ASCOBANS is an acronym for “Agreement on the Conservation of Small Cetaceans of the Baltic and North Seas”. ASCOBANS was concluded in 1991 as the Agreement on the Conservation of…


CIRVA is an acronym for Comité Internacional para la Recuperación de la Vaquita (International Committee for the Recovery of the Vaquita). CIRVA is an international team of scientists established by…

If there are only so few left, can we still save the vaquita?

We can’t know for sure. But there have been several examples of marine mammal species that have come back from the brink of extinction. The vaquita population can recover if the immediate threat is removed from its habitat. And the only real danger for the vaquita are gill-nets.


The totoaba (Totoaba macdonaldi) is a very large species of fish that is endemic to the Gulf of California in Mexico. Once abundant, the totoaba has become rare and is…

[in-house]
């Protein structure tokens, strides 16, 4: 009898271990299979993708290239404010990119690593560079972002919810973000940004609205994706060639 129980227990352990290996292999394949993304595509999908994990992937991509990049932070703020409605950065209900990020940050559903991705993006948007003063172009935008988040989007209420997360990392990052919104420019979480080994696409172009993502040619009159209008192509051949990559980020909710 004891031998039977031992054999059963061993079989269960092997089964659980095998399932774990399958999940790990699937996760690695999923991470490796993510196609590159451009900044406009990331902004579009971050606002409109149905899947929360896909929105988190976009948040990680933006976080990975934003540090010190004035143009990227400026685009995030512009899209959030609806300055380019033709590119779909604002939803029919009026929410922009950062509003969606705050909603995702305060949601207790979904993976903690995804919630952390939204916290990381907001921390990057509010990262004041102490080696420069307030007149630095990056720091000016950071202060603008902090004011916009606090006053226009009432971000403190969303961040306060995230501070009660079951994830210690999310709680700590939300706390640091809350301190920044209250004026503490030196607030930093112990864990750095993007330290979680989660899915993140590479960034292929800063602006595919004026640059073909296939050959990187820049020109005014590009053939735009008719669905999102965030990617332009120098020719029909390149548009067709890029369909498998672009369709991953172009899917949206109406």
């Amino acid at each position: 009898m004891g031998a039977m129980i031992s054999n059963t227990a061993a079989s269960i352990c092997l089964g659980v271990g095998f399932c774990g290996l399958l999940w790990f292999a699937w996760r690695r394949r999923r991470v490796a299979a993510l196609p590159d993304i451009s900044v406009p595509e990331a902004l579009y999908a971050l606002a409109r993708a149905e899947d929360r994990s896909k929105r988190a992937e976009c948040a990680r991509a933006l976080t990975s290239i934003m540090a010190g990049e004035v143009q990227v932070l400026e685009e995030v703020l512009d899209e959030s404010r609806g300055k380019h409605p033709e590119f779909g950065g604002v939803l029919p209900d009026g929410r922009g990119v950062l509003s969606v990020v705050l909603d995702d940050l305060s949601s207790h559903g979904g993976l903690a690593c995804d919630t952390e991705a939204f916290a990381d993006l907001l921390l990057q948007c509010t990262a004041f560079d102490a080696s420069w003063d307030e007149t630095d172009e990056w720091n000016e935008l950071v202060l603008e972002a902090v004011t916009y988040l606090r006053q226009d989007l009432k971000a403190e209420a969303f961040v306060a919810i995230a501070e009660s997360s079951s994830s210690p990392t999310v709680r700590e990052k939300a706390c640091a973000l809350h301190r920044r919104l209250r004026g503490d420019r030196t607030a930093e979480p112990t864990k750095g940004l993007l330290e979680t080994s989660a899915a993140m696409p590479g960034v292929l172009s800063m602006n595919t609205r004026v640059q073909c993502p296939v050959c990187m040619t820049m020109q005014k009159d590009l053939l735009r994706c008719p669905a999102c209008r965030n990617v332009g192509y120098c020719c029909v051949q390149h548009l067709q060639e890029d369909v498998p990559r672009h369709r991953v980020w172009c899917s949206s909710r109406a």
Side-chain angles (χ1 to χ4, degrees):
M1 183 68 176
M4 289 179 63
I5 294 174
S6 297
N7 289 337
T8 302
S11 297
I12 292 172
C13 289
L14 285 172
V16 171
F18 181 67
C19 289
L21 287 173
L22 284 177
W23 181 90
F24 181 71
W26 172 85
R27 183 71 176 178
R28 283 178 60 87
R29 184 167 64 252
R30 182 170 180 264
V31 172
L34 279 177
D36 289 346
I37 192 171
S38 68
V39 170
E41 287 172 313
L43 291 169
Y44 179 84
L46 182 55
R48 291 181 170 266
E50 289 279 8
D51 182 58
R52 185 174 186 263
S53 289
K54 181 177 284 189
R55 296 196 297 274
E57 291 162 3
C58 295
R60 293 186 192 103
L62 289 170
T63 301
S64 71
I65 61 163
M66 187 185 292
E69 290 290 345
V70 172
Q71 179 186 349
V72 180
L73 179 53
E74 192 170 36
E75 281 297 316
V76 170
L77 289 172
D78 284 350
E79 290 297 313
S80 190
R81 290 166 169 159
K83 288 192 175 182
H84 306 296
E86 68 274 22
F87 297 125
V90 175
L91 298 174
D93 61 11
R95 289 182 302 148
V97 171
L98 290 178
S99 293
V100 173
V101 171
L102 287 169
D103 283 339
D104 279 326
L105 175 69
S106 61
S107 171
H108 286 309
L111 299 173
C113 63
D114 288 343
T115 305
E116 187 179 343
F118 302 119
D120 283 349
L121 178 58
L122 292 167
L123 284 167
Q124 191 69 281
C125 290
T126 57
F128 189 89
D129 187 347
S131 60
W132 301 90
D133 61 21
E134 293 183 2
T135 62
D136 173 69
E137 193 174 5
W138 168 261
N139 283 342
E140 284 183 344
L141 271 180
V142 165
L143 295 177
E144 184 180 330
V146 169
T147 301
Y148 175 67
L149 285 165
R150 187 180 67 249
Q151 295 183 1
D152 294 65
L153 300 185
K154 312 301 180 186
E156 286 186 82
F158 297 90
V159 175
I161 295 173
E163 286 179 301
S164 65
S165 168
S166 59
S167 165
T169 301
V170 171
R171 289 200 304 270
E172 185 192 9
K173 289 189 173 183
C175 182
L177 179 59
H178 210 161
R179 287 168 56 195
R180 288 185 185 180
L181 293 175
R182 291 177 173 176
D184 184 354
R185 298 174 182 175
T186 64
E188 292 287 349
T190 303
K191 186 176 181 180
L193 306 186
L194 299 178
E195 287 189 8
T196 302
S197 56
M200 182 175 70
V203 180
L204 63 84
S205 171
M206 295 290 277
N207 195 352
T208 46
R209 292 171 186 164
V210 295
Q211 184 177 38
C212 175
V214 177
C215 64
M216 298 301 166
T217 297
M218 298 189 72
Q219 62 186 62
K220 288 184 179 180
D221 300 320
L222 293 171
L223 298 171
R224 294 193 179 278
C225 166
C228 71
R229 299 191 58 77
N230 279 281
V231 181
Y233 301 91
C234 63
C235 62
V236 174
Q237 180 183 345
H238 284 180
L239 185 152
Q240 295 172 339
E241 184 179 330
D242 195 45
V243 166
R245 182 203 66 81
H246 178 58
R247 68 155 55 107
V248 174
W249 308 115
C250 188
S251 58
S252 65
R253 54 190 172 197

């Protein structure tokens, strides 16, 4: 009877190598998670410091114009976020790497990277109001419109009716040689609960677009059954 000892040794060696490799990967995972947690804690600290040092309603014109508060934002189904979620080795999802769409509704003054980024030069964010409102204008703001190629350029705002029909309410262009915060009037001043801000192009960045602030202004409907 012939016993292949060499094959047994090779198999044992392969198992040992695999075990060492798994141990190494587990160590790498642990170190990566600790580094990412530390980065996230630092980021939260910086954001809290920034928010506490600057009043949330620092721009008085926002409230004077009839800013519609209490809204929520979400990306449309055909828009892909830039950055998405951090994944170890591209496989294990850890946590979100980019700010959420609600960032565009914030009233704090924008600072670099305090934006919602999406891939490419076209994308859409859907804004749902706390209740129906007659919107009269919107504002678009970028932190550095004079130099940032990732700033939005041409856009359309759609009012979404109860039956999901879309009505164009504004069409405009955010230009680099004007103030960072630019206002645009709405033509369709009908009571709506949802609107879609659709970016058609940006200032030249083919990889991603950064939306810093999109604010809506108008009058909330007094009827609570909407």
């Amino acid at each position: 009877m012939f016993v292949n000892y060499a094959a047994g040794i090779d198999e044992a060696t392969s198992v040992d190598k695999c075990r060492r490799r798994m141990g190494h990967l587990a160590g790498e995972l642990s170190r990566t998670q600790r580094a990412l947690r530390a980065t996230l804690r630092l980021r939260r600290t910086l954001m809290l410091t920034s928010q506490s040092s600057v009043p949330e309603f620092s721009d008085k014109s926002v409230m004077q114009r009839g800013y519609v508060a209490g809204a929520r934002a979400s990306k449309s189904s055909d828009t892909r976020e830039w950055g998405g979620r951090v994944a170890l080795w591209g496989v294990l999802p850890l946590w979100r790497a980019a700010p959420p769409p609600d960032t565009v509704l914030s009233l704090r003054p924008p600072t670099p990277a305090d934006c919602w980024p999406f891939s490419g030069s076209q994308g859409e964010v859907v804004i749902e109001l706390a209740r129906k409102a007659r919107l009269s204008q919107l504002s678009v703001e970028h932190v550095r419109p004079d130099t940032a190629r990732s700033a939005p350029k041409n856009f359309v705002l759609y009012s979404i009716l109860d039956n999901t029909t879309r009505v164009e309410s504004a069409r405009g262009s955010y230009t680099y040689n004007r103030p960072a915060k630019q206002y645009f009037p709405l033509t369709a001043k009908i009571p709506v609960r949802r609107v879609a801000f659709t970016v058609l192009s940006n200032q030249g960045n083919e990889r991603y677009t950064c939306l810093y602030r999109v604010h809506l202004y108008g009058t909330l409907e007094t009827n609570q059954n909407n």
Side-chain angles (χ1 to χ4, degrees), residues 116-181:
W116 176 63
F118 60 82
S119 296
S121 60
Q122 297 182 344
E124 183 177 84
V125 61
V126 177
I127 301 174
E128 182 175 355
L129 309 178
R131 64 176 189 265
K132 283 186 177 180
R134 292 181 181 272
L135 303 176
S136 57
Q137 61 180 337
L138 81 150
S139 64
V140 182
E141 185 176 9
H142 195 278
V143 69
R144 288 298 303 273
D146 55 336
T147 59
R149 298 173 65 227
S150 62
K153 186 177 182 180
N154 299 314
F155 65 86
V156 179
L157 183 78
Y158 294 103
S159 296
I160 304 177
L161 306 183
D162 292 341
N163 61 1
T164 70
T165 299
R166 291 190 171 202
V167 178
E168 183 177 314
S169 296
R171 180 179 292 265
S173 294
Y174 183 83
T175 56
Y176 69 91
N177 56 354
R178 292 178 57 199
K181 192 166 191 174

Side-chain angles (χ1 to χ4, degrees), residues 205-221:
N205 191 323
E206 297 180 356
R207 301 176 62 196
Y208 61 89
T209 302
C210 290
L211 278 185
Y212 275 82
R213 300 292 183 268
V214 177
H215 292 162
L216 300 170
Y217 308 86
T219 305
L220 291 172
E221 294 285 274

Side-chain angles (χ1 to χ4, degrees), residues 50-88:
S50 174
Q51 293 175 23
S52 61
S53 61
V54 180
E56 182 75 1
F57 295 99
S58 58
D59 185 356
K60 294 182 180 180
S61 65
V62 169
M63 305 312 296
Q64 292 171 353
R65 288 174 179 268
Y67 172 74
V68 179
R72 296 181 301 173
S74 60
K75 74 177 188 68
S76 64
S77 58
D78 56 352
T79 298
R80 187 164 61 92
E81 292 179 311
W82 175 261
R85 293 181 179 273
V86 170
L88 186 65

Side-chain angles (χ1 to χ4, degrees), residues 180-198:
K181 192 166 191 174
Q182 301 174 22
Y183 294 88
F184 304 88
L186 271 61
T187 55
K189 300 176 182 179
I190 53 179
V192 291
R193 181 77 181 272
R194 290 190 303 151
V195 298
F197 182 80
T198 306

What efforts have been made to save the vaquita?

Since the vaquita was first described by science and shortly after declared “vulnerable” by the IUCN, numerous actions have been taken by the Mexican government to save the species. However, none of these actions have prevented the decline of the population.
A ban on gill-nets should have halted the decline, but gill-net fishing continues, with seasonal permits for a local species of fish, the corvina, and illegally for the totoaba.

Why are Dall’s porpoise hunted in Japan?

In Japan, thousands of Dall’s porpoise are killed in directed hunts every year. The animals are killed for consumption. As there are no recent abundance estimates for Dall’s porpoise in…

Why is the vaquita endangered?

The single most serious thread to the vaquita, and the cause for its rapid decline, is the use of gill-nets in the vaquita habitat.

A gill-net is a wall of netting that hangs in the water column. The mesh is designed so that fish can get their heads through, but not the rest of their bodies. As they struggle to free themselves, they get entangled with their gills. Gill-nets are very effective and used around the world, but often lead to large amounts of by-catch and pose a threat to other marine animals, such as sea turtles, seals and sea lions and cetaceans like the vaquita. If a vaquita gets entangled, it only has minutes to free itself. Most animals drown, and those that escape often do so with severe injuries.